Which Joe gave his name to ‘sloppy joes’? We look at five interesting sandwiches and their lexical origins.
A position of favour or advantage.
- ‘Of course, the big silver symbol of hurling success was conspicuous by its absence but, judging from the comments made on stage, one can take for certain that Cork will reclaim their place in the sun as fast as is humanly possible.’
- ‘The Minstermen deserve their current place in the sun and with so many positives to come from Saturday's showing who's to say it won't last beyond the end of summer.’
- ‘Since its place in the sun over a decade ago, it has transformed from a cultural wasteland into a vibrant, exciting destination attracting 20 times the number of tourists it used to.’
- ‘Meanwhile he enjoyed his place in the sun.’
- ‘Eventually, many other middle-income countries will have their place in the sun at the expense of the entire continent.’
- ‘It is easy to imagine them patting she on the back for finding her own place in the sun.’
- ‘He genuinely didn't expect this last chance at a place in the sun.’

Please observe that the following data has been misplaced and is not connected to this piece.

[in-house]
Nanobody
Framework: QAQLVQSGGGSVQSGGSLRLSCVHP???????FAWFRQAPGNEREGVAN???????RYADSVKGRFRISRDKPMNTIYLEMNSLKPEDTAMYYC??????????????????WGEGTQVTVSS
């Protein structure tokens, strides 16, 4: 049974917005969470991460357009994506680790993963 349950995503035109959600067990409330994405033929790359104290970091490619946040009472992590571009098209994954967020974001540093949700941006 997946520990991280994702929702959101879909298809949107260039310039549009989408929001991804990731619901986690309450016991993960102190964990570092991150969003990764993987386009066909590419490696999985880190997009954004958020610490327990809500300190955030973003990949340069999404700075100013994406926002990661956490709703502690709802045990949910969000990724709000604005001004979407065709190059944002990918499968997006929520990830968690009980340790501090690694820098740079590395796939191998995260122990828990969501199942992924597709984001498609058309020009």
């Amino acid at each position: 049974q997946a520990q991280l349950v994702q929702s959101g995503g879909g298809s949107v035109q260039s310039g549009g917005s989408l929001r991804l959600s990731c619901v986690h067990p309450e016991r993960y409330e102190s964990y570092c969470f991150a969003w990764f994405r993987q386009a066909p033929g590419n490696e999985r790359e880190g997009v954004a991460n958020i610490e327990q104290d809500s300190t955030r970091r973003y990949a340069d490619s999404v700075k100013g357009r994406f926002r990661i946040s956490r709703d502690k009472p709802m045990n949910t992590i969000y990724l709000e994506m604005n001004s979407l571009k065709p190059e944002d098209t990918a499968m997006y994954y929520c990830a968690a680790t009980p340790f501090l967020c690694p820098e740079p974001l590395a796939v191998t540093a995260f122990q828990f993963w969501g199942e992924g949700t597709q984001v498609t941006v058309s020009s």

- ‘The artists are ‘upstarts,’ fighting for a place in the sun, unafraid to confront or even elbow aside their elders.’
- ‘Farnhill is moving towards becoming a modern village steeped in tradition and respectful of the diverse needs of residents and guests who we will look forward to welcoming in our delightful rural hillside place in the sun.’
- ‘Perhaps he really was only seeking what he sometimes said he was - the return of territory, the unification of the Germanic peoples, a place in the sun - and not world conquest.’
We take a look at several popular, though confusing, punctuation marks.
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The definitions of ‘buddy’ and ‘bro’ in the OED have recently been revised. We explore their history and increase in popularity.